With the government softening its stance against marijuana and recent state legislation to ease access, there is renewed interest in what the long-term impact of increased marijuana use might have on cigarette smoking. Even while many Americans express a greater openness to use of marijuana, the nation’s tolerance for tobacco use has been declining. Yet, a new National Institute on Drug Abuse (NIDA) study shows that making marijuana more available is likely to increase the number of cigarette smokers.
According to the report, smoking marijuana actually increases the pleasure of tobacco use and thereby makes it more likely that a person will become addicted to nicotine. There is an already-identified link between marijuana and tobacco use since the majority of marijuana users use both substances. Twenty percent of tobacco users started with marijuana, according to the researchers. The rates are even higher (33 percent) among black marijuana users.
In addition, the more often a person uses pot, the more likely it becomes that they will start smoking tobacco. One study found that weekly marijuana use was more apt to result in cigarette smoking compared to less frequent marijuana use. In short, using marijuana increases the likelihood that a person will start smoking cigarettes, and the more pot they use, the greater the likelihood that they will start smoking tobacco.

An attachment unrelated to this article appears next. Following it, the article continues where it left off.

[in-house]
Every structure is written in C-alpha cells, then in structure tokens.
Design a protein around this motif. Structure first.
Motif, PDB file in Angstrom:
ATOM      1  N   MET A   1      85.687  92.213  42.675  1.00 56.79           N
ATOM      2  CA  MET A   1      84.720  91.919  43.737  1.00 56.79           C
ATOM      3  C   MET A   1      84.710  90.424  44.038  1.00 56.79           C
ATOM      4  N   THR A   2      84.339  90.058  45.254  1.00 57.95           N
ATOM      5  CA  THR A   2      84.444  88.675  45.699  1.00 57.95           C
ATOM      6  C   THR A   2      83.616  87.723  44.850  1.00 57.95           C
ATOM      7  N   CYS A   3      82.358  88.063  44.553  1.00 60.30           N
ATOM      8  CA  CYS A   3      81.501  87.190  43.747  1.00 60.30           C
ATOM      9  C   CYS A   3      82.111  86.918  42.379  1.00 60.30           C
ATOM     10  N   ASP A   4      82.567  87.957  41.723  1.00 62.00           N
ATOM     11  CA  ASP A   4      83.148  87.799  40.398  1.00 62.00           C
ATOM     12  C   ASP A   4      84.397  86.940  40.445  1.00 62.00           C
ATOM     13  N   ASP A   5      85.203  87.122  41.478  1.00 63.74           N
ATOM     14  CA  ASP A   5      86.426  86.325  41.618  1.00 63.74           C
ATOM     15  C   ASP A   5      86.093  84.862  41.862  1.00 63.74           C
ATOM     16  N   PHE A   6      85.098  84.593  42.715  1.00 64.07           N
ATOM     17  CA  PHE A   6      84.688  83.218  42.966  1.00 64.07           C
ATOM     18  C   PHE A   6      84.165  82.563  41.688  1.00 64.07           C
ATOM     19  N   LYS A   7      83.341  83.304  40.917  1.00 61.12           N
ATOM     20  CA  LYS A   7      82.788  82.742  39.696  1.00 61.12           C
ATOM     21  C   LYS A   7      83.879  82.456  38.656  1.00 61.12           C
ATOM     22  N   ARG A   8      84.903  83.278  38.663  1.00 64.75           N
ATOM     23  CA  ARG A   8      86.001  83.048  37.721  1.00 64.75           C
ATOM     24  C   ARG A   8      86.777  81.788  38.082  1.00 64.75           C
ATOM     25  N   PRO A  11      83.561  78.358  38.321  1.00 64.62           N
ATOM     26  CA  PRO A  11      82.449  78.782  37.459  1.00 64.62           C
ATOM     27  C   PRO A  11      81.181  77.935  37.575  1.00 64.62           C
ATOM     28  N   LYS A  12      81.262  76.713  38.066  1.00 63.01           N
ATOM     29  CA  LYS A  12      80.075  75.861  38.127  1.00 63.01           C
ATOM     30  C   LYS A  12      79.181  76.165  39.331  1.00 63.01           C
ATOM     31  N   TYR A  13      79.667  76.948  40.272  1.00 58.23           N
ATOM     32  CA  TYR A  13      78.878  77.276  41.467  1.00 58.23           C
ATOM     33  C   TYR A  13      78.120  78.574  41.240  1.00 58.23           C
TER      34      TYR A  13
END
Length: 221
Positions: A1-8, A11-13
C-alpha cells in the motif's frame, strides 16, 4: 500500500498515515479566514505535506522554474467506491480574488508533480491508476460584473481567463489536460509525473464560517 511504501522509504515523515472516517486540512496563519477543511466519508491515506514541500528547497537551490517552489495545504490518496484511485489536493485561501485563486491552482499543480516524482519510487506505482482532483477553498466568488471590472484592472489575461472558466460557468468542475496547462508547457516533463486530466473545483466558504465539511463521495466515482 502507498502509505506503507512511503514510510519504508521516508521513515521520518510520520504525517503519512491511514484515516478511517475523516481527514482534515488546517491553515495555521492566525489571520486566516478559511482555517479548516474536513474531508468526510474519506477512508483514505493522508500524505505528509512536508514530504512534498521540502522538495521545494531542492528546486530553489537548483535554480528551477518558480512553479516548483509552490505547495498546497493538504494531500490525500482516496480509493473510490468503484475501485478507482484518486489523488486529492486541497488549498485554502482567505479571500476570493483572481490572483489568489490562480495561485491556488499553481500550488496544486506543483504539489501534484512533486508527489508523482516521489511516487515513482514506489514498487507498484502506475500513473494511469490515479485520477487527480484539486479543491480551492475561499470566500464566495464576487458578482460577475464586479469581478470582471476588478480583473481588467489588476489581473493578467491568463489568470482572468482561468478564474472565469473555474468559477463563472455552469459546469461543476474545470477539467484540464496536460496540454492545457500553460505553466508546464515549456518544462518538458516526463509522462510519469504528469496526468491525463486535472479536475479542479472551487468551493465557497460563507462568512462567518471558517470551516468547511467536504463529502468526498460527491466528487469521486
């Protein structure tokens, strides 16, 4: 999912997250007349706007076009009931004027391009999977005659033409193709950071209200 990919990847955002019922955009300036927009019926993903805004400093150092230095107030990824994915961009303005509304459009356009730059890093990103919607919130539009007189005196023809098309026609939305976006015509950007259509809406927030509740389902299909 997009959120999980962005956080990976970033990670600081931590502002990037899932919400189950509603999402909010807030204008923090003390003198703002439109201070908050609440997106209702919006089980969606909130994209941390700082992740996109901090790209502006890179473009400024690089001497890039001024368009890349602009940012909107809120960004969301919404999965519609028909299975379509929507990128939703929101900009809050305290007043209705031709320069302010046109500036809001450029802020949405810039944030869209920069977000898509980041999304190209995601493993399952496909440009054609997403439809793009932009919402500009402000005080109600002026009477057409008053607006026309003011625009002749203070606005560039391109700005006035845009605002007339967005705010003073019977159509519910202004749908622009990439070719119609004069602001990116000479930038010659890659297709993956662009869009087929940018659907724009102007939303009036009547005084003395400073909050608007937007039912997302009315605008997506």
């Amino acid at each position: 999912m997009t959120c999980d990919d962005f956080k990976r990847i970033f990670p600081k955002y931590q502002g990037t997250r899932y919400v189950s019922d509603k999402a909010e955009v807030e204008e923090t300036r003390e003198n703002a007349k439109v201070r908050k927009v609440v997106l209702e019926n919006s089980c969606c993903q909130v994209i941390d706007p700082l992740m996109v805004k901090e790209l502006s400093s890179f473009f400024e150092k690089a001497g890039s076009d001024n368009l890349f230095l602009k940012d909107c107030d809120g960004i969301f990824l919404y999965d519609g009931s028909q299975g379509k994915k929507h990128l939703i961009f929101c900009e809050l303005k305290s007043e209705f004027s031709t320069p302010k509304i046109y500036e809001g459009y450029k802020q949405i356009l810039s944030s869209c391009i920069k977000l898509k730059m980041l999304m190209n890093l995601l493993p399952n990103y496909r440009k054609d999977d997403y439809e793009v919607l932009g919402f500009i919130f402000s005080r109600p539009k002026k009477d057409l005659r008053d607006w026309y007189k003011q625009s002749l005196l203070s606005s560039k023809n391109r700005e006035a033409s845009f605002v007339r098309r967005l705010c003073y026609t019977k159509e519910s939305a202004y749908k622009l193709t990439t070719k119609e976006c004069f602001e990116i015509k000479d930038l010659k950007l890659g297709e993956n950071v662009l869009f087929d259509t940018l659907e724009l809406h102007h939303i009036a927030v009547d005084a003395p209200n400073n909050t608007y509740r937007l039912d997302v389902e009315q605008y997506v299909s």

The NIDA study used laboratory rats to examine how using one substance influenced use of the other. The rats were exposed 10 times to THC, which is the psychoactive agent found in marijuana. After being exposed to THC they were given the opportunity to self-administer nicotine. As a control, another group of rats were allowed to self-administer nicotine without ever being exposed to THC.
Interestingly, the increased desire for nicotine was not a transitory result of marijuana exposure. For example, not only did rats self-administer greater amounts of nicotine after receiving THC compared to non-exposed rats, but their desire for nicotine was also longer-lasting and more intense.
At one point, rats were exposed to THC and then had to wait seven days before being given the opportunity to access nicotine, and yet their drive for it remained strong. The THC-exposed rats were still willing to work hard in order to self-administer nicotine a week after their last previous dose of THC. And it gets worse. The rats continued to exhibit an increased drive for nicotine 30 days out from their final exposure to THC.
The NIDA research suggests that as the nation opens its arms to increased marijuana use, it had best be prepared to welcome more tobacco smokers too. Marijuana use will not replace tobacco use – it will trigger more cigarette use. This may be good news for tobacco growers and cigarette manufacturers, but it’s bad news for public health officials.